South goes gold to support the Gregory family

Running in a cross country race, freshman Luke Gregory smiles toward the finish line.

Photo courtesy of Kim Kiraly

Running in a cross country race, freshman Luke Gregory smiles toward the finish line.

Caroline O'Shaughnessy and Ellie Ruos

In 2017, roughly 15,270 children and adolescents up to the age of 19 will be diagnosed with some form of pediatric cancer, according to the National Cancer Institute. This year, when freshman Luke Gregory walked through the doors of South, fighting his own battle with a rare type of cancer called Rhabdomyosarcoma, many clubs and sports teams at South came together to support Gregory and help spread awareness for the thousands of other children being affected by the disease.

According to junior Kate Gregory, Luke’s older sister, Luke was diagnosed last August. The family noticed a mass in Luke’s foot, so they had a biopsy performed, which led to his formal diagnosis. Kate says since Luke has been diagnosed, her and her family have worked to make sure he is comfortable.

“I guess just more of our time is spent working on making him feel better,” Kate said. “He’s in the hospital a lot or going to get treatment so we’re just always making sure he’s feeling okay after treatment.”

Luke explains that Kate had been nothing but supportive throughout this experience and she continues to brighten his spirits.

“She’s been very kind and she’s made me things like smoothies and brought them to the hospital,” Luke said. “Laughing with her definitely distracts me when I’m not feeling well.”

Luke used to go to the hospital once every three weeks for treatment, along with chemotherapy for the weeks in between. Now, he does chemotherapy once a week in the local clinic, according to Kate. Through Luke’s journey, Kate believes her family has been able to remain positive because of the immense support of the community.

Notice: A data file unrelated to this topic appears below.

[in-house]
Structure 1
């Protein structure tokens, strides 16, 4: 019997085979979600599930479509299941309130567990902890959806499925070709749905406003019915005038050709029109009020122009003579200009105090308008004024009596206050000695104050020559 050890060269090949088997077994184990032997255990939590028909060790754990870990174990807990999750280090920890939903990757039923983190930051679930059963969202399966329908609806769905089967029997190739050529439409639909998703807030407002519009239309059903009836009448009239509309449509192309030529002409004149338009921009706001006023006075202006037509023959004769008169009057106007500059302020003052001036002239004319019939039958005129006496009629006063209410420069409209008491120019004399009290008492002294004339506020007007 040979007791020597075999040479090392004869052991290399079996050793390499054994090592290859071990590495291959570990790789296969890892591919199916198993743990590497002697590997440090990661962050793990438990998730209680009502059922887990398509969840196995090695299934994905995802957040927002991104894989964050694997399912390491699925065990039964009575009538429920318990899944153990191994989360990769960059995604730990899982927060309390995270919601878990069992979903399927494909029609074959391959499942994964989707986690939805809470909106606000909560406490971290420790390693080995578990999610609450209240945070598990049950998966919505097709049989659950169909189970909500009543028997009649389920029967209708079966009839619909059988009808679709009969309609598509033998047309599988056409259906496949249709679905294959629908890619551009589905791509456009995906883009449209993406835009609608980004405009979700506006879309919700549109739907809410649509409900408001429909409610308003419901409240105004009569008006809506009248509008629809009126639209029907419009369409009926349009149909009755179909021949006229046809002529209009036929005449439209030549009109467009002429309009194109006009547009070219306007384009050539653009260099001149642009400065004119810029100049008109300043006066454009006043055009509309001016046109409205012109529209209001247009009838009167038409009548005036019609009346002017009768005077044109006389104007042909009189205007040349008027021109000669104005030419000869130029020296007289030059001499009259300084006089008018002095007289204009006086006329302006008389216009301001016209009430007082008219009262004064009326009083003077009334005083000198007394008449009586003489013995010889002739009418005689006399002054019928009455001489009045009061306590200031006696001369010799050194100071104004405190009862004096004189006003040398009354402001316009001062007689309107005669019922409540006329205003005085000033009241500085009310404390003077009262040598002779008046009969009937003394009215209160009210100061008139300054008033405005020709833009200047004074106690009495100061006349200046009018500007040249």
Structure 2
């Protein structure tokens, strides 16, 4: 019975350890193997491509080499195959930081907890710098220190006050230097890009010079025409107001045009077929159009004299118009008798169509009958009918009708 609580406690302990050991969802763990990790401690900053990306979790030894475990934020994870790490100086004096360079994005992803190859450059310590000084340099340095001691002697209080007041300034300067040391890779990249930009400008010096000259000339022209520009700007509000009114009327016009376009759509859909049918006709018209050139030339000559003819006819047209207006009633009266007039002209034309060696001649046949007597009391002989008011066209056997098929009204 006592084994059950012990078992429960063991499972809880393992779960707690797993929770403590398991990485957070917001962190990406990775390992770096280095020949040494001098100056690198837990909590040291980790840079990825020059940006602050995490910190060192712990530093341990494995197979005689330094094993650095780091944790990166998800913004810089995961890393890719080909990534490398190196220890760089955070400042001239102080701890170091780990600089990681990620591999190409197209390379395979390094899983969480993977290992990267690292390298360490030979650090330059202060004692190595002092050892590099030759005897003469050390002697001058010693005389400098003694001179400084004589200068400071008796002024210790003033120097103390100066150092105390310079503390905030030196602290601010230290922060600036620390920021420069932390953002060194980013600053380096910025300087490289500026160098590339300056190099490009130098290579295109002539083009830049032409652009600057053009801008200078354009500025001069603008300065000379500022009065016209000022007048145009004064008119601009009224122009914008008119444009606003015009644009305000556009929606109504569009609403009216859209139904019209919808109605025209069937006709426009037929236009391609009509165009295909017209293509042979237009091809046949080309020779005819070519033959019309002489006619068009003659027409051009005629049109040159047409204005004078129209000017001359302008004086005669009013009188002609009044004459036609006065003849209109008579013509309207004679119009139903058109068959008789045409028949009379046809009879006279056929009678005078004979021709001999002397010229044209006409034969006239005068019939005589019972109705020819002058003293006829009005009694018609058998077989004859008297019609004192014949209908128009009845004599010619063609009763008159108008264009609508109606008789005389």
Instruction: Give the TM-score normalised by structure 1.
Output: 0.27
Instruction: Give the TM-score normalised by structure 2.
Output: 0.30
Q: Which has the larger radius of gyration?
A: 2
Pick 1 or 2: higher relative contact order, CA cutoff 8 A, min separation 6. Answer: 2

“I’d say a lot of [staying positive] has been support from the community because everyone has really stood with us and tried to make sure they’re doing everything they can to help Luke with his journey,” Kate said.  “It’s really easy to stay positive when there are so many people backing you.”

Luke is also able to remain optimistic throughout his journey because he believes if you think positively then there will be a better chance of a positive outcome.

“One of the biggest reasons I have remained positive is from having such supportive friends, community and family,” Luke said. “People that don’t even know me have said ‘Hi’ to me and told me they are praying for me and thinking about me all of the time and they hope I continue to do well.”

Many of Luke’s friends also find him to be inspiring due to his outlook on life and his attitude. According to freshman Maggie Ryan, she has known Luke since sixth grade and they are close friends.

“One thing Luke has taught me is how to make the best out of a bad situation and stay positive,” Ryan said. “He has taught me how to be a better person.”

Cal’s Angels is an organization that does funding and research for pediatric cancer. With their program called “Go Gold,” the foundation provides schools’ varsity athletic teams with gold attire (the color associated with pediatric cancer) to wear in order to spread awareness on the subject. Kate was inspired to bring “Go Gold” to South because of her brother, as well as other students affected by pediatric cancer.

“It was inspired by my brother but at the same time it really is affecting a lot of people in the school,” Kate said. “So many people in the school  have had a family member go through treatment, or their sibling, or even [they] themselves have gone through some sort of pediatric cancer treatment. It’s important that we raise awareness for all those people and not just my brother.”